I guess what I want you to know is that I intend to keep it one-hundred with you for as long as I have a blog and a book and the occasional lecture to share.  I’ve learned from my lumps, and if I don’t share those with you, you might not find yourself ready to struggle through the same stuff.  You’ll think something’s wrong and you’re the only person that’s ever been through that moment, and I’d be a pretty awful person for not having shot straight with you that moments like that are totally normal.  Even the big guys usually started from scratch and had to restart a few times after that over the years.

Stay tough, stay creative, keep asking what you want to know… and don’t mistake my transparency about the realities of the business for me being a curmudgeon who’s trying to dissuade you from taking a run at your dreams.  I love this stuff, and I care about your success enough to keep telling you the truth.

Good luck out there.


Troy DeVolld is a Larry Brody buddy and one of the masters of the reality TV genre. This article originally appeared on his Reality TV blog. And while you’re thinking about him, why not buy his book, Reality TV: An Insider’s Guide to TV’s Hottest Market?

Here’s What Happens When Your Dream Filmmaking Job Ends Up Being a Nightmare

Know that writing/producing gig you’ve been dreaming about since you were kid? That perfect job you still may be dreaming about? Some people really get them. Only to discover they’ve made a deal with the devil in the process:

by Scott Beggs

Max La Bella has the same story that most aspiring filmmakers have. He grew up loving movies and building worlds out of LEGOs before realizing that he could be the one to make cinematic universes for others to play in, eventually cruising off to film school to chase his dream job.

“I was obsessed with anything that let me leave my own world,” he recently told Indiewire. La Bella speaks with the triple espresso shot enthusiasm that belies a dash of nervous energy when confronting the topic at hand. That topic, put bluntly, is the failure of success.

During film school, La Bella got a zombie TV show pilot into the hands of indie director Steven C. Miller (“Silent Night,” “Extraction”), who put him in contact with James Wan, just as the new horror icon was a few years from transitioning firmly from “Saw” to “Insidious” in the late 2000s. Wan liked La Bella’s work, and La Bella dropped his entire life in Orlando to move to Los Angeles with $2,500. “I threw away everything I owned. In retrospect, it was the dumbest idea ever. The money was half gone by the time I got there, obviously,” La Bella said.

This is still the same story that belongs to several aspiring filmmakers. The fortunate ones, at least. They get someone established to believe in them, they score a mentor and sincerely underestimate the cost of rent in L.A. Most learn that last lesson before they ever call for a U-Haul, but La Bella had a leg up. A working filmmaker who’d built a bloody mint was on his side, and the man who re-popularized creepy puppets soon had an idea that he wanted La Bella to write. It involved a cop, a psychologist and a group of people murdered while trying to summon spirits from beyond.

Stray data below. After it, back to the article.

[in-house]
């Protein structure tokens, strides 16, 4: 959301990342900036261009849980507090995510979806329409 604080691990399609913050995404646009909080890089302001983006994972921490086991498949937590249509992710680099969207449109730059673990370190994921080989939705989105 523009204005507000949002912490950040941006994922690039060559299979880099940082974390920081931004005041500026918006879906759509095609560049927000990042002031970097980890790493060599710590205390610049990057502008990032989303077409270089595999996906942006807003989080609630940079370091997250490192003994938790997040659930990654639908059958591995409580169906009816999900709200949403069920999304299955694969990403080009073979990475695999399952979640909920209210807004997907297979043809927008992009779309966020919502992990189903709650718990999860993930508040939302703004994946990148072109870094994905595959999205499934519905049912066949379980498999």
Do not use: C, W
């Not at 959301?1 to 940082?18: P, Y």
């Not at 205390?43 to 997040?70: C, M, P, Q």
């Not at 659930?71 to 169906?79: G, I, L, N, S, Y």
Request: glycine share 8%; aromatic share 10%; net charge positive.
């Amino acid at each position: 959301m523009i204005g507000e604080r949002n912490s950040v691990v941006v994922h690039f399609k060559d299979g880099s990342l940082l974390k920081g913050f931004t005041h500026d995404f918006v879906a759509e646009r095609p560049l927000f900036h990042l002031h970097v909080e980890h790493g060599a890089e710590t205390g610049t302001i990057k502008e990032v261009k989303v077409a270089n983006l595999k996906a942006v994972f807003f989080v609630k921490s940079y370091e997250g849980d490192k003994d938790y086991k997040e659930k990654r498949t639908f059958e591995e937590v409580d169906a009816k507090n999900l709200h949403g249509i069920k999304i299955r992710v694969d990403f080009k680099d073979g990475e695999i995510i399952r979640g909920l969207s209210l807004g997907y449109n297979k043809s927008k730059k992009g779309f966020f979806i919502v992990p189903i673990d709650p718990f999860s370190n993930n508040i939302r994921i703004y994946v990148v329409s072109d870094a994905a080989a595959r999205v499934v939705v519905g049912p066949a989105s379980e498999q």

“So, he sent me the synopsis to ‘Demonic,’” La Bella remembered. “At the time, I was working as a PA on ‘Criss Angel Mindfreak,’ James asked how much I got paid a week, and I told him. He said, ‘I’ll pay you to quit your job if you want to write this movie.’ I was like, ‘Holy shit!’ It’s the best thing that’s ever happened. What he did for me. He gave me such a chance.”

Wan was prepping to show ‘Insidious’ at Toronto, so La Bella cranked out a draft of “Demonic” in two weeks to give them the option to sell it at the festival, and everything got real, really fast.

“I didn’t have reps or a manager, and I was clueless,” La Bella said. “The movie was announced in a Variety article, and my name made the front page, and as soon as my name was on the cover, there were 7 managers that reached out to me the next day.”

It was all happening. The thing that every aspiring writer spends time dreaming about (when they should be writing) was coming true. That’s when everything started falling apart.

More than five years later, “Demonic” hasn’t hit theaters. La Bella recently posted a lengthy blog entry titled “The Downside of Up,” chronicling the aggravating ups and downs of the project — including two false starts, losing a director the day before shooting was supposed to commence, an abandoned release date plan meant to avoid a larger film (that ironically ended up not being released either) and a final kiss of domestic death in the form of a foreign release that got “Demonic” onto pirating sites within hours. It became an extended lesson in the high price of staying excited about what you love to do.

Filmmakers rarely talk about their failures, which is largely why La Bella’s screed is so fascinating. It’s also what makes it such a valuable lesson to those aspiring screenwriters and directors who think of getting an agent as crossing the finish line, the blissful delusion that getting past the gatekeepers is the ultimate goal. It’s important that La Bella shared a common story that isn’t commonly shared — his dream job didn’t morph into a nightmare so much as it got replaced by the day-to-day standard operating procedure of mini- and major studio filmmaking.